A Fighting Man Review

Posted: June 20, 2014 in Drama, Reviews
Tags: , , , , , ,

ff-00003949-im-02landscape900x506An air of melancholy pervades A Fighting Man, a boxing movie that may do more to kill the sport than mixed martial arts fighting. The sadness does not come so much from the plot as from the cast. The irony of bringing once-great actors into a third-rate feature about a washed-up fighter seems lost on director/screenwriter Damian Lee. And while the parallels between how boxing and Hollywood both exploit stars well past their primes in order to squeeze out a few extra dollars is lost in the production, they are painfully obvious to those who watch this film.

James Caan and Louis Gossett Jr. have over 110 years in the entertainment business between the two of them, but it’s been 42 years since Caan received an Oscar nomination for The Godfather and 32 years since Gossett Jr. won the Acamedy Award for An Officer and An Gentleman. Like the main character in A Fighting Man, they’ve been lured into one more match for a quick buck, and while they show traces of greatness, their skills have eroded, and they can no longer deliver the knockout peformances that were once routine.

The supporting cast does not fare much better. Michael Ironside, a longtime fan favorite from movies like Starship Troopers, is reduced literally and figuratively to carrying the spit bucket. Famke Janssen, the former model and star of the original X-Men movies, has lost her punch at 50 and doesn’t have the acting chops to fall back on. Dominic Purcell in the title role acquits himself with dignity, and Sheila McCarthy as his dying mother is also fine, but the situation is so cliched that it feels like a colorized version of a bad 40’s movie.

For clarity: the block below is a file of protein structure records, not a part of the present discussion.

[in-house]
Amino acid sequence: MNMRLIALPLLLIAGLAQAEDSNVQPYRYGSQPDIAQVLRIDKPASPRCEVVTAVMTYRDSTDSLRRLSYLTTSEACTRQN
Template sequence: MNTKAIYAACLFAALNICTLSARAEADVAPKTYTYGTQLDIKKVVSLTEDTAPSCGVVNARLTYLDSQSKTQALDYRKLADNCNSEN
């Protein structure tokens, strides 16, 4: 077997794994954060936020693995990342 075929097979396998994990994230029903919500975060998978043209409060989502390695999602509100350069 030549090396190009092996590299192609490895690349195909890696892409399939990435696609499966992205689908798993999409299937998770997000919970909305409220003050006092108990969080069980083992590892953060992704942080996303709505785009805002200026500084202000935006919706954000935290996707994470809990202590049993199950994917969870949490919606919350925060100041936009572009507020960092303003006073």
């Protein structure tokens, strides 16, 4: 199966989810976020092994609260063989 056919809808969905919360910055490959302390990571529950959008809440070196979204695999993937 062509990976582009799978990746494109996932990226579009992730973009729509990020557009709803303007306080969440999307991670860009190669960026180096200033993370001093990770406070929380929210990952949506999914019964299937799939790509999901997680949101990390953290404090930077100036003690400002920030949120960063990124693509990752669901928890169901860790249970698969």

Purcell is Sailor O’Connor (um, bad 40’s movie enough for you?), an ex-fighter who has not been in the ring for four years. His only accomplishment was that he was never knocked down. Other than that, there seems to be broad agreement – at least between his mother and his former trainer (Caan) – that he was not particularly good. Mom’s dying, by the way, and her last wish is to take a trip back to the Old Country (as people in bad 40’s movies referred to Europe). A promoter named Fast Eddie needs a hook to sell a fight with up-and-coming Solomon King who is trained by Cubby (Gossett, Jr.), so he goes to Sailor and offers enough money to get Mom her trip.

But wait! There’s more!

An Irish priest. An expectant mother. A shamed woman. A tragic past. A guy walking off the set of a porn film.

Okay, so that last one is not so bad 40’s movie, but the rest…

A Fighting Man never had a fighting chance at being a good movie, but any possibility of it being entertaining was snuffed out by the decision to start the film at round five of the climactic fight and then telling the story through a series of flashbacks. The device did not work in the Kevin Costner film For Love of the Game, and it does not work here. Rob a sports movie of the natural rhythm and tension of the event, and you lose suspense and momentum. There is no build-up to the fight. There is simply the fight and a series of cinematic footnotes as to why it matters.

Turns out it really doesn’t.

One star.


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